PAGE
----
During the trip we were treated to a variety of bears.  Black Bears, Grizzly Bears, including moms with cubs and even the rare Spirit Bears.  Our Spirit Bear sightings didn’t come easy, the first one we saw only showing up for a brief moment near the end of the day, and then wandering back into the forest.  Our other sightings allowed us a little more time with the Spirit Bears, like this Spirit Bear that put itself through the “Spin Cycle” trying to dry off, after a failed fishing attempt. Despite going to the Great Bear Rainforest every year since 2014, I still find every Spirit Bear sighting rare treat, and I am as excited as the first time I saw one.


Fishing from Kelp

Another highlight of the trip was just the number of mother bears with cubs (both black bears and grizzly bears).  There were a couple of instances where there were more than one mother with cubs around us at the same time. And it was incredible to see how trusting some of these mother bears were (of both species).  Some brought their cubs out around us, and even allowing the cubs to be closer to us than they were to their mother, which shows an incredible amount of trust by the mothers.


But as always, the trip is not only about finding bears.  My favorite thing about this trip is that you never know what you are going to see, especially when it comes to the “not bears” species.  One of the most unique experiences I think we had is the opportunity to closely photograph a Great Blue Heron as it fished from kelp.  Besides being able to closely watch and photograph the Great Blue Heron, I also appreciated that our expert guide, and group, was able to leave the Great Blue Heron as it continued to fish, so we did not impact on the fishing.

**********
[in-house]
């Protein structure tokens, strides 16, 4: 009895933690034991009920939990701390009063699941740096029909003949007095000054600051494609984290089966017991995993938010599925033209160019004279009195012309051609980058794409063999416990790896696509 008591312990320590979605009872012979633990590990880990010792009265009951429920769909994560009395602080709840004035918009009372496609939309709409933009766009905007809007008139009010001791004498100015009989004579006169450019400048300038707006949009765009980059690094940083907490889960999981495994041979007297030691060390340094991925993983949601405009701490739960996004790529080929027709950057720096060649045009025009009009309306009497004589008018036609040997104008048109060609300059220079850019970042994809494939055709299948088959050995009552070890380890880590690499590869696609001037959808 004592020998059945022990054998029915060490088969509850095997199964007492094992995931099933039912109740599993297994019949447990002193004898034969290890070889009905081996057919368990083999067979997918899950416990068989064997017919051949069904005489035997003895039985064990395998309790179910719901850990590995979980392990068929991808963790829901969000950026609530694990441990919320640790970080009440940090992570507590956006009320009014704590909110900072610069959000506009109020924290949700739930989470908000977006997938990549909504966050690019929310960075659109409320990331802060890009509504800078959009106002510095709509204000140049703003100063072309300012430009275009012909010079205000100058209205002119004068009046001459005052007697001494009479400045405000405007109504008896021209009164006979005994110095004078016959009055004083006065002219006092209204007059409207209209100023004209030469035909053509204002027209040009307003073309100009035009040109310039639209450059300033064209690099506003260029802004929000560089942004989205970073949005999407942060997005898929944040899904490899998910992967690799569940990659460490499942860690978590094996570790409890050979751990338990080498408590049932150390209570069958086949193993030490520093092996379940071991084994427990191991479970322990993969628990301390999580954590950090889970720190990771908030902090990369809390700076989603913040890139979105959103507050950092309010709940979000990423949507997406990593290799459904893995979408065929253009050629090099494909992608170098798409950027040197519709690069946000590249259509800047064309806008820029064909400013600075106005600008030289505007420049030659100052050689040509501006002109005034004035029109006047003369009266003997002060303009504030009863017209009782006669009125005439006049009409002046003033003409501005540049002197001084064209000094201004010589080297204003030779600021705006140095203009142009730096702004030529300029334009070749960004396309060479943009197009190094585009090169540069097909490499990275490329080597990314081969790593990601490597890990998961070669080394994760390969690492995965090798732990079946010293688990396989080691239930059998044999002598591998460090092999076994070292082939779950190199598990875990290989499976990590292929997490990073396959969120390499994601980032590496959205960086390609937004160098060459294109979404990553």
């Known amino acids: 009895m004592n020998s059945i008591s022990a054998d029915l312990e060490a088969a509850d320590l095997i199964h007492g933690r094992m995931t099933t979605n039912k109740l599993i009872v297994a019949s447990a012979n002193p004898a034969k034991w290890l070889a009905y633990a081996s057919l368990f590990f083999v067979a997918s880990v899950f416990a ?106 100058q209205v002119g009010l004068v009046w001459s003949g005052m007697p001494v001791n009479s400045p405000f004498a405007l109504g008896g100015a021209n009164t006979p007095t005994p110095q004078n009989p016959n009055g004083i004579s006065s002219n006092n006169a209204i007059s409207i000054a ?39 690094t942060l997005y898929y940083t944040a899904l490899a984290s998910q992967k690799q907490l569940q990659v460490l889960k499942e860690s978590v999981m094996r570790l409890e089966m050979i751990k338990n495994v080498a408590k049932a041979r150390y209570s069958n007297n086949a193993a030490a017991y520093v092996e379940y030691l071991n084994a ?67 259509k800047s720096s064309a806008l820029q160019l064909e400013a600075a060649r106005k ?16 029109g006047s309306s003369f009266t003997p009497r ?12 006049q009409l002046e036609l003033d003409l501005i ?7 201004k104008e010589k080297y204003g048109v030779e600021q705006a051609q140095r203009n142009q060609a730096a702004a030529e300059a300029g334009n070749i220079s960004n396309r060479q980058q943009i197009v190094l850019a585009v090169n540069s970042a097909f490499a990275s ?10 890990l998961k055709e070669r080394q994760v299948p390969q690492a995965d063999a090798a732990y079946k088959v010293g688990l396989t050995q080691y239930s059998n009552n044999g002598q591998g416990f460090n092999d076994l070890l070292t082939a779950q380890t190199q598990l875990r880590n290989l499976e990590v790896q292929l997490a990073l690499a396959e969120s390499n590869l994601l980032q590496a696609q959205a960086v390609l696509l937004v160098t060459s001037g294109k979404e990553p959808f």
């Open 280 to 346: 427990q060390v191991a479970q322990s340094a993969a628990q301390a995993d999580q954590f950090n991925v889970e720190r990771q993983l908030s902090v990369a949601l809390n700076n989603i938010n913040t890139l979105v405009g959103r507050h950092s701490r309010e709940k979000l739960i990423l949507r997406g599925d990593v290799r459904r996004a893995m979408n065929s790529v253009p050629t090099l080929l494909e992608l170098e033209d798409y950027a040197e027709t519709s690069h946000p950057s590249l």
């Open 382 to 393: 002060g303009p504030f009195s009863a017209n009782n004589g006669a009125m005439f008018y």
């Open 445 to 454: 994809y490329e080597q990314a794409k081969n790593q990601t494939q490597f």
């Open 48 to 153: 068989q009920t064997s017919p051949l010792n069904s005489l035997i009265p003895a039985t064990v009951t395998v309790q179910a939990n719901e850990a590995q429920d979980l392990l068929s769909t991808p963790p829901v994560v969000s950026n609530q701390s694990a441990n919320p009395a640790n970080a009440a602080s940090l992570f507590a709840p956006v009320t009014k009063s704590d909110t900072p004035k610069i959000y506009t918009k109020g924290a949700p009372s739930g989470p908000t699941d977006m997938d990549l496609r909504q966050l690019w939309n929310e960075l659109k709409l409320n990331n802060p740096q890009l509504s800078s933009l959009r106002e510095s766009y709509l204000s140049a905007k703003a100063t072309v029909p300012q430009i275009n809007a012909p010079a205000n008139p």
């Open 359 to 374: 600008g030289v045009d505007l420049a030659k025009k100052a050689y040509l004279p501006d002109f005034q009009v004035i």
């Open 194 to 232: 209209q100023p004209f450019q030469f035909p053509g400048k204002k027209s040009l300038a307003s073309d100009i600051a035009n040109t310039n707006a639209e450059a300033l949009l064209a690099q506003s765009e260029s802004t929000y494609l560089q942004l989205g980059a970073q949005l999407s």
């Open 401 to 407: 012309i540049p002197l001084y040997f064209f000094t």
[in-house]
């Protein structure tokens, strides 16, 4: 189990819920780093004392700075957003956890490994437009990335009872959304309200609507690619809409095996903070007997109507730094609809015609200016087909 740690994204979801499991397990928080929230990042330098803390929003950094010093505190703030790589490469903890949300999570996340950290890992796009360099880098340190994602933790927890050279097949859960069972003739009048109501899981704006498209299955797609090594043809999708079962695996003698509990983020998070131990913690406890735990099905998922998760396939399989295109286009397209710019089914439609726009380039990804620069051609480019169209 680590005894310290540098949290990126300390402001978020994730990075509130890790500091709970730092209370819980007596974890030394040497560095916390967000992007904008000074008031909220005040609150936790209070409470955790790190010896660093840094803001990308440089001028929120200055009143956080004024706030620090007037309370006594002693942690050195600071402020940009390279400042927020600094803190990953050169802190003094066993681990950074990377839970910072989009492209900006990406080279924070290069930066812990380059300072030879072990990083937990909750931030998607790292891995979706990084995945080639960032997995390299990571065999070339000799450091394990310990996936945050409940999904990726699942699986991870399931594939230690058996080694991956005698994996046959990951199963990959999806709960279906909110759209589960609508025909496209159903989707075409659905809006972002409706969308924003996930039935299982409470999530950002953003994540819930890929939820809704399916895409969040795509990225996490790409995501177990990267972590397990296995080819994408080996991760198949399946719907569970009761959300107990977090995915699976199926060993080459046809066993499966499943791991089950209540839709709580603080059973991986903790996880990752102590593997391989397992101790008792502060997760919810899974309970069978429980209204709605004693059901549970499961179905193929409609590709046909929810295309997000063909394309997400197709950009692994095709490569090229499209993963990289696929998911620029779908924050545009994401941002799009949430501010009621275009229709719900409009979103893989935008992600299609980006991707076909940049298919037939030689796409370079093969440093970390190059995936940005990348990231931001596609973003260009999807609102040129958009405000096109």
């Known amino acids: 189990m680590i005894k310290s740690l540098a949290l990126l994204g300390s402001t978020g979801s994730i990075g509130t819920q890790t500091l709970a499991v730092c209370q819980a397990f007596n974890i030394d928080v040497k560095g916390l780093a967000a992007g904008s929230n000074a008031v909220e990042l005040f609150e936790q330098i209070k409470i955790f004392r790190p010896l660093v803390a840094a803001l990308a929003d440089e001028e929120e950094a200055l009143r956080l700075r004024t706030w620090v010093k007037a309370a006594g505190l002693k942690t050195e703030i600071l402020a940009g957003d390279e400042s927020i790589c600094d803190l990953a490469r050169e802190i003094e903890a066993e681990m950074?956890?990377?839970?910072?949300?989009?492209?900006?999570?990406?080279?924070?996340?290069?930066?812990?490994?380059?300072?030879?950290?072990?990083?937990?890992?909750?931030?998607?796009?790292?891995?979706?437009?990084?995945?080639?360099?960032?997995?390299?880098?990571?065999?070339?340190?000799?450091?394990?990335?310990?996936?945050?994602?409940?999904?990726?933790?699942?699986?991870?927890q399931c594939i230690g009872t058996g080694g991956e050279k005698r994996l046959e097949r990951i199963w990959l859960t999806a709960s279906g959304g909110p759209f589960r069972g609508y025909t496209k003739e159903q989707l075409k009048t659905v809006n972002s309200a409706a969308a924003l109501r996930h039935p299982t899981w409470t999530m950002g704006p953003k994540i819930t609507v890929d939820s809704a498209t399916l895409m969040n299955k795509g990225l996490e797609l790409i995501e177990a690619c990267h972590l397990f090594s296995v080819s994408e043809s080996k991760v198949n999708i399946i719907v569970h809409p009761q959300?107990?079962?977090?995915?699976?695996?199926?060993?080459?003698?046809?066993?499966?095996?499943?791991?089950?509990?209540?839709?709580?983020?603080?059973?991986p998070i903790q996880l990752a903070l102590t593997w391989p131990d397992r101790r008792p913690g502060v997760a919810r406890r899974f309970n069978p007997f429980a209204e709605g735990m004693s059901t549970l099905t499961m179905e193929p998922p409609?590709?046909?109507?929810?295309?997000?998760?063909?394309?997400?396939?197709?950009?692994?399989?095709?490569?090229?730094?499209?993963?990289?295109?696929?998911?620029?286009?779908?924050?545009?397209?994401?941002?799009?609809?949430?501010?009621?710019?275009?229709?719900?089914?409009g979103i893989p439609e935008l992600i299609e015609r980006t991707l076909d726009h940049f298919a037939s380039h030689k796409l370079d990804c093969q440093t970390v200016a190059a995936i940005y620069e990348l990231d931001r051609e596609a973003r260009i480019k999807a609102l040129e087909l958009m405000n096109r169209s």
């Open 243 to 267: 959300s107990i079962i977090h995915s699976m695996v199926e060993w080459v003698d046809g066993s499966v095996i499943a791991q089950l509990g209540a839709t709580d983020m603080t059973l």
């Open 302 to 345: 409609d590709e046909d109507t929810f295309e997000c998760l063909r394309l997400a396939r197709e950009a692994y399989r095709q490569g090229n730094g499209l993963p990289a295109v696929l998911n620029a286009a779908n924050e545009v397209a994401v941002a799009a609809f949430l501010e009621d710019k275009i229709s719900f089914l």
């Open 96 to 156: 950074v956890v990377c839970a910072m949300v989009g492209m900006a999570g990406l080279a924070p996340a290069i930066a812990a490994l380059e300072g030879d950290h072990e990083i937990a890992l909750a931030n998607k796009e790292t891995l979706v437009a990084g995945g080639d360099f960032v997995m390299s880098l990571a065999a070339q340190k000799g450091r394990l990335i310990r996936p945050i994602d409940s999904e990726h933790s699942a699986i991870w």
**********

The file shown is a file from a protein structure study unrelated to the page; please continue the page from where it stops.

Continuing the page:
We also had a couple opportunities to photograph Bald Eagles, Humpback Whales, and Harbor Seals along our travels and while out in the zodiac.


If you would like to experience the Great Bear Rainforest trip with us in the future, visit my Photo Tours Page for more information, or contact me for more information.

I just completed my first of two “Into the Great Bear Rainforest” trips.  On this one we started in Bella Bella, British Columbia, and traveled north and ended in Kitimat, stopping at various inlets, and estuaries along the way.


One of my favourite things about the Great Bear Rainforest photo tours is that there is a long list of potential wildlife that we could see along the route, but we never know what we will see, and where we will see it.  It’s a true wilderness photo tour.  The other nice thing is, what we enjoy, we enjoy to ourselves, instead of being among a bunch of other photo groups.


We started our trip with several Humpback Whales, including one that was lunge feeding and coming quite high out of the water, which was pretty incredible.  However it was a bit hard to predict where he was coming up, and therefore also hard to predict where to point your camera and shoot.


Down Low

Throughout the trip we were treated to rivers and streams full of salmon, which had already brought in the Bald Eagles that were lining the trees.  We had the opportunity to photograph them in the pouring rain, sunny days, and even in some fog/mist.  It really provided us the full gamut of Bald Eagles in the Great Bear Rainforest.


We also had the opportunity to photograph both Grizzly Bears and Black Bears, including one of each with cubs, so adding a little extra cute factor to the photography.   For the most part the bears were taking advantage of the salmon runs, and trying to start packing on the weight before hibernation.


We ended the trip with quite a show from some Transient Killer Whales, who had already started attacking a Stellar Sea Lion when we showed up.  We spent almost two hours watching as they came out of the water and jumped on him, or hit him with their tails, and doing everything they could to get their next meal.  It was the first time that I had witnessed something like this, and while it was incredible to see the Orcas, you were left feeling a little sad for the poor Sea Lion.


So if you are interested in a trip along the coast, where you could be treated to both land mammals, and marine mammals, the  Great Bear Rainforest might be a trip for you.  We have several different options, including ones in the spring, summer and fall, with more information available on my Photo Tours page.


Stay tuned for Part Two of my blog post after I finish my next trip into the Great Bear Rainforest.

One of my favorite things about our annual Marine Mammals photo tour, is that you never know what to expect.  While we expect to see Humpback Whales, Sea Lions, Sea Otters, and Orcas, we never know when or where they are going to pop up and which is going to steal the show.